Writers of the Future--I would either win with a werewolf story, or pro out of the contest. Dave Farland, the coordinating judge, famously hates werewolf fiction. So if I could win him over, I’d know I had arrived. And, wouldn’t you know it: Achievement Unlocked--I won third place for Volume 32 with a werewolf story. That kind of solidified the werewolf thing--and expanding that story into a novel is next on my plate after I finish the Guardian Angel to Serial Killers novel I’m embroiled in right now.
But it’s not All Werewolves All The Time. I’ve got a space opera novelette coming out soon, along with an epic fantasy I’ll be self-pubbing with cover art from the handsome and hard-working Sean Ricks. I’ve written every shade of speculative fiction from hard SF future-science all the way to epic fantasy with magic and dragons. And of course, mixing all that is fun too. My first sale contained space dragons.
W: You’ve made the step from traditional publishing to hybrid, meaning you’re now putting out titles yourself, also called indie. Tell me about your decision to do this and how hard has it been.
F: When I finally got a handle of what book two of the Pack Dynamics series was going to be, I realized that people really should read “Piles of Cash and Killer Benefits” first, or they’d be horribly confused as to why Alex and Megan were suddenly getting married. For some reason, my Alex stories are a hard sell (I’ve sold all my Ben stories, which are mostly noir-ish hardboiled detective things, but I’ve got a pair of Alex stories sitting on my hard drive that, apparently, no one wants. It makes me sad, because I think Alex is awesome), and an Alex novelette was an even harder sell. Not because it’s a bad story (I don’t think--I hired the same guy who edited the first novel to edit the novelette and he said the shorter one was superior, and was super surprised when I told him which one I’d written first), but couple the length with the werewolf (and werewolves are a hard sell, trust me on this) and the fact that Alex is a Tony Stark analogue, and, well, no one would buy it.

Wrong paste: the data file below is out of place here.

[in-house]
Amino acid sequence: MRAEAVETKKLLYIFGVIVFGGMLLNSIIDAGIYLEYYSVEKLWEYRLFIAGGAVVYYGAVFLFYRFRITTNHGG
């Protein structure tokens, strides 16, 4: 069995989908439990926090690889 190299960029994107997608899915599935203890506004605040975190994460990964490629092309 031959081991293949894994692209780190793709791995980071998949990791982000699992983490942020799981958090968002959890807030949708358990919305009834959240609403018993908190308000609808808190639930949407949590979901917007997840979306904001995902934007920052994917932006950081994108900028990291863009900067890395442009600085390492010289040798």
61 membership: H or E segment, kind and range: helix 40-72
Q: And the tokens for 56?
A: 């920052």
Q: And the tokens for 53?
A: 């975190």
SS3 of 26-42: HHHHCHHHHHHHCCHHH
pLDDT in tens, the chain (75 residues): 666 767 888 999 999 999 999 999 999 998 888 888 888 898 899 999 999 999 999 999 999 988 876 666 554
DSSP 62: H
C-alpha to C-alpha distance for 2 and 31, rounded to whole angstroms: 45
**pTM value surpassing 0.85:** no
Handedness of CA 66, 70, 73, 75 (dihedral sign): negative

Deciding to do it was easy. Designing my own cover, and figuring out the different layouts for print and ebook, and all the ticky-tack formatting stuff, was less easy. Spending money on actual professional editors to give the stories a once-over was the hardest part for me, because I am notoriously tight-fisted with my cash, and I knew there was no way I’d make it back in anything like a timely fashion--which is why I ended up designing the cover myself, at the end of the day. Fortunately, I have friends who don’t blow smoke at me when I ask for an honest opinion, and the cover went from OH GOD WHAT WERE YOU THINKING WITH THAT HORRIBLE FONT to “Oh, hey, that’s cool and I actually like it the best of the three in the Pack Dynamics series.” Which is super flattering, because WordFire gave me amazing covers.